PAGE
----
Srinagar- Even though the government of India had implemented the Forest Rights Act(FRA) 2006, soon after abrogating the special status in the erstwhile state of J&K, the Union Ministry of Tribal Affairs has no data on land rights provided to the forest dwellers in the Union Territory over the past three years.
On Wednesday, while invoking the question about FRA, member of Rajya Sabha, Dr Sasmit Patra asked the Government to disclose the details of “total land rights that were provided under Forest Rights Act, 2006 to the forest dwellers in the country over the past three years.”
In response to this, Minister of State for Tribal Affairs, Bishweshwar Tudu informed Rajya Sabha that a total of 20, 00,628 land rights were distributed among dwellers as of 31st August. But, while revealing the state wise data on the number of people who benefited from the Union Government’s scheme, there were no figures available with the Minister of Tribal Affairs on the number of people in J&K who were provided land rights under Forest Rights Act, 2006 in the last three years.
Under the FRA—officially the Scheduled Tribes and Other Traditional Forest Dwellers (Recognition of Forest Rights) Act, 2006— the STs and other traditional forest dwellers (OTFDs) have three important sets of rights: Individual Forest Rights, Community Forest Rights and Community Forest Resource Rights.
The FRA recognises the rights of the forest-dwelling tribal communities and OTFDs to forest resources on which these communities are dependent for a variety of needs, including livelihood, habitation, and other socio-cultural needs. This includes the right to land for graveyards, religious places, schools, community centers, panchayat (village self-governing bodies) buildings, health centers and so on.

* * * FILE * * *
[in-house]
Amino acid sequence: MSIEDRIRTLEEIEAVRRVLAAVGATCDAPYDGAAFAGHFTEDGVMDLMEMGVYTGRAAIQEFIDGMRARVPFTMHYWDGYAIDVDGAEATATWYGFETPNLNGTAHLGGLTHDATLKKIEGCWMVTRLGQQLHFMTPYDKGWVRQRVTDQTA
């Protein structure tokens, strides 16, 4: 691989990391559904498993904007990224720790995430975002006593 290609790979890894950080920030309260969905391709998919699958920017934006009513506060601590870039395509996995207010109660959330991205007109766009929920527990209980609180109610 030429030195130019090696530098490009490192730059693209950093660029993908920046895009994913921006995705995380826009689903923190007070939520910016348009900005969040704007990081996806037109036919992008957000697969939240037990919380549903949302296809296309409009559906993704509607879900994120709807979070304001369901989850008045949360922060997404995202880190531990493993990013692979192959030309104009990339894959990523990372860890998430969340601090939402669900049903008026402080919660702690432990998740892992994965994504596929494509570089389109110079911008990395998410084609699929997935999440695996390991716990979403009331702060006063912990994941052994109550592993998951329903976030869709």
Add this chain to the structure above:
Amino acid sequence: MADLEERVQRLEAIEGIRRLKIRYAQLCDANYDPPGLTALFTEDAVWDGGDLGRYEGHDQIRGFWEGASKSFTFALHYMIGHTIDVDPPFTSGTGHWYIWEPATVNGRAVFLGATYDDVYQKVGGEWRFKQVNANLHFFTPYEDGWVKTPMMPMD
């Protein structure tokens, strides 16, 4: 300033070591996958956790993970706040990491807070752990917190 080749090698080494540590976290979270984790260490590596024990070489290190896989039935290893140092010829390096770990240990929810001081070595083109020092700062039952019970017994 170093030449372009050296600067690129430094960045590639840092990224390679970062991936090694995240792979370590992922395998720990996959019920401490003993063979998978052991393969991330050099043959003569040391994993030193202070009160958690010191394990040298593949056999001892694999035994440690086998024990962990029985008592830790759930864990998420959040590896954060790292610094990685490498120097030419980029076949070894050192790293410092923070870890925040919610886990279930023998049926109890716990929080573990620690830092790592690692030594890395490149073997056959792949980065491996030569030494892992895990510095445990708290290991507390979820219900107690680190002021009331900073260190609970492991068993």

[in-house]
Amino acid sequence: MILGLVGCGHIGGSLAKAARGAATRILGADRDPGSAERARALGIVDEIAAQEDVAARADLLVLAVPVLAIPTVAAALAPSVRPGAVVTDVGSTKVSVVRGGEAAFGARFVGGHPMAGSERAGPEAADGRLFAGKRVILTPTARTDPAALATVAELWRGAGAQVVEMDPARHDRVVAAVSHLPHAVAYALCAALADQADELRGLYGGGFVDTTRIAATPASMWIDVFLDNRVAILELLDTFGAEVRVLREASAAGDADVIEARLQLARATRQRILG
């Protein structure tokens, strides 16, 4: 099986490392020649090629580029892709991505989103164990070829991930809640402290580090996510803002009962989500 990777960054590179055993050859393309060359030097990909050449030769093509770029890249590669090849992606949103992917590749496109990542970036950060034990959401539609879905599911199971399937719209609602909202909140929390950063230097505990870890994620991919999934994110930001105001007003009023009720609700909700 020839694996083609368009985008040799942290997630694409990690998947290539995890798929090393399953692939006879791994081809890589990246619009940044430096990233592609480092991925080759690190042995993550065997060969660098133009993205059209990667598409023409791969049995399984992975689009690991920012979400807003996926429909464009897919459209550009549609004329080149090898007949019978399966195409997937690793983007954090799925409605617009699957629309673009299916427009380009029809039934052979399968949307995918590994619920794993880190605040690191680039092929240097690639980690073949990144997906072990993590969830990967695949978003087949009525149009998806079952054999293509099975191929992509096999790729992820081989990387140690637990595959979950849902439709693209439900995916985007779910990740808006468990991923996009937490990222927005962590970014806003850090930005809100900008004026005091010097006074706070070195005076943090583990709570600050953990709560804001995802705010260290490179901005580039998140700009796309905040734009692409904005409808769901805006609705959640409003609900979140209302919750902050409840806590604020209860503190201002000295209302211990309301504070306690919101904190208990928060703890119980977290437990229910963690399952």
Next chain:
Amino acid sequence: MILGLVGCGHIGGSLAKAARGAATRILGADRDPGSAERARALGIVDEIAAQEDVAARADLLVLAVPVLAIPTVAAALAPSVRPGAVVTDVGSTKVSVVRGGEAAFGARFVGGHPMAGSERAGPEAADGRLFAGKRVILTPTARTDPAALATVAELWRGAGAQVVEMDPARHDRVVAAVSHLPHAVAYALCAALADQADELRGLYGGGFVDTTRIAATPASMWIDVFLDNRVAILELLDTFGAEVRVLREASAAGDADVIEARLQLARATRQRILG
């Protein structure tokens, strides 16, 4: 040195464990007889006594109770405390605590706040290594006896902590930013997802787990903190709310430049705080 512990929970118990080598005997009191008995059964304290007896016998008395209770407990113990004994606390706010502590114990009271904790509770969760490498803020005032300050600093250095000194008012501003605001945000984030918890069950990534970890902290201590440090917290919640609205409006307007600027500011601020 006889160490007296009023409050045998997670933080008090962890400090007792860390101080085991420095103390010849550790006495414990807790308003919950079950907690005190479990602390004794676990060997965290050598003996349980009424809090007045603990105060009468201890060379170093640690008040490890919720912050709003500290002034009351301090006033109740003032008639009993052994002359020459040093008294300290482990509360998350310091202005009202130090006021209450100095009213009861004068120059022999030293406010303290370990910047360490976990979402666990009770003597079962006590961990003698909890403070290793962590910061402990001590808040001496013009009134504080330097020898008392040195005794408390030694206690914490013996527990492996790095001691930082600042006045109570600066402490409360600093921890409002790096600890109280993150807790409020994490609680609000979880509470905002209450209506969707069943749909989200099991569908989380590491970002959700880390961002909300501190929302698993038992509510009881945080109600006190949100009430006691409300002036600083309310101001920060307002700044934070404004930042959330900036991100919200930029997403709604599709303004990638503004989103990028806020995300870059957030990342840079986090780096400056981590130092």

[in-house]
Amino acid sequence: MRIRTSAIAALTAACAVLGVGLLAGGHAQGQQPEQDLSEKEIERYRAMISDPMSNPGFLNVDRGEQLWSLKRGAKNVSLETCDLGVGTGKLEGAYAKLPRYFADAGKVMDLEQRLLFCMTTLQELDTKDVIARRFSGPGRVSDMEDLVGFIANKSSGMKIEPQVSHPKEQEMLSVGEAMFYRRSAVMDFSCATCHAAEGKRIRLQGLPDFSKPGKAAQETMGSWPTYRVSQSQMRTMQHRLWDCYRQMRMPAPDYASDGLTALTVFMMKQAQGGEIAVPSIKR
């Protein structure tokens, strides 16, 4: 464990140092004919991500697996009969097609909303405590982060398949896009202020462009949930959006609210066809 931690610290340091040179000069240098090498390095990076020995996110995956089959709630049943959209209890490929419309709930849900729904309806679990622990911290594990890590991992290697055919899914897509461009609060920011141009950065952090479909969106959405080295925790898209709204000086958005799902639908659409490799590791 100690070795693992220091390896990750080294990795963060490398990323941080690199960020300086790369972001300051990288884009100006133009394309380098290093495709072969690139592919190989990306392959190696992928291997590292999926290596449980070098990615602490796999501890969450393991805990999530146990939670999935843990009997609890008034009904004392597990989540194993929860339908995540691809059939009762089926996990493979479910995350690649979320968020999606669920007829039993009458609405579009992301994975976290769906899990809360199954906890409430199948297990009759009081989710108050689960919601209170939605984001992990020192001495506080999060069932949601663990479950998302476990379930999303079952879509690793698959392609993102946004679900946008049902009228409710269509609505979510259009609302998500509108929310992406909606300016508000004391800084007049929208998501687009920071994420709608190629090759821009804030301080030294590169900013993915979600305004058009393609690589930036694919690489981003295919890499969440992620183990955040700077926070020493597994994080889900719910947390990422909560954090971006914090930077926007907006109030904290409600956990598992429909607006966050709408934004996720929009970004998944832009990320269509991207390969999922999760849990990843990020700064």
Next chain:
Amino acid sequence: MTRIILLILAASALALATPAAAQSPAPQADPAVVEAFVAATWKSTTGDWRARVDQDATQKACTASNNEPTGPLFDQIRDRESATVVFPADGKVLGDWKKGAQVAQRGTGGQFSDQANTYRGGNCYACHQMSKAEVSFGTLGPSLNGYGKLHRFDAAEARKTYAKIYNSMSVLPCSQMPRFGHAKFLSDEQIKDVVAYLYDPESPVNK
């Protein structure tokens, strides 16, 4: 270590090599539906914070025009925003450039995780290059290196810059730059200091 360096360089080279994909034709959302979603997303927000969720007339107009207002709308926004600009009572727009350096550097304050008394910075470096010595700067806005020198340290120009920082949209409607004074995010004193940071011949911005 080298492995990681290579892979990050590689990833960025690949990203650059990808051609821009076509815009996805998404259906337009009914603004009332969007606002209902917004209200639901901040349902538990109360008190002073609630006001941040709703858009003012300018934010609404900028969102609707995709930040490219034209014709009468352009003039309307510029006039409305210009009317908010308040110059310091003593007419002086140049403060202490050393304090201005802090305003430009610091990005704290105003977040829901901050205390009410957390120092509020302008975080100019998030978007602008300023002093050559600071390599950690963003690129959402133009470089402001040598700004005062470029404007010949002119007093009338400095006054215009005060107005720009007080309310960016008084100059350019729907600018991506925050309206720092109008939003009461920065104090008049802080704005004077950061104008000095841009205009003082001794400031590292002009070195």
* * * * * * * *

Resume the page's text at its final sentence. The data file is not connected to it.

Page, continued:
Talking to Kashmir Observer, RTI activist, Dr. Raja Muzaffar Bhat said that, “Thus the FRA empowers the forest dwellers to access and use forest resources in the manner that they have traditionally been accustomed to and also to protect, conserve and manage forests and protect themselves from unlawful evictions. The Act also provides for basic development facilities for communities of forest dwellers, such as education, health, nutrition and infrastructure facilities.”
Pertinently, the implementation of forest rights under the Scheduled Tribes and Other Traditional Forest Dwellers (Recognition of Forest Rights) Act, 2006 and recognition of forest rights is a continuous activity and is implemented by the State Governments.
Subsequently, the J&K Government was entitled to provide the rights of the Act in J&K and make sure that all the land rights that should’ve been given to the Forest dwellers, are provided as per the given law. But, as per activists, the rollout of the FRA failed to provide the nomadic communities with the Act’s promised benefits.
“The land rights of FRA makes sure that the forest dwellers are given the right of having a graveyard, subsidy on timber, free timber, authority over herbal plants and several other things but since no land rights have been given to such people in J&K, they’re vulnerable.” Bhat said.
Recently, J&K’s LG Manoj Sinha had said that the FRA had given the people of J&K new hope but activists have challenged LG’s quote.
“But when land rights under FRA weren’t provided to the entitled beneficiaries, how exactly has it provided hope?” Bhat asked.
Notably, as the union Government has failed to provide any data on the Land Rights provided in J&K, it has created strong apprehensions that the Nomads may have to continue their struggle to reserve land rights for their community.
“Even though they’ve been living in these pastures for the last ten generations, unfortunately, they’re being termed as ineligible to have rights on that land.” The RTI activist said.
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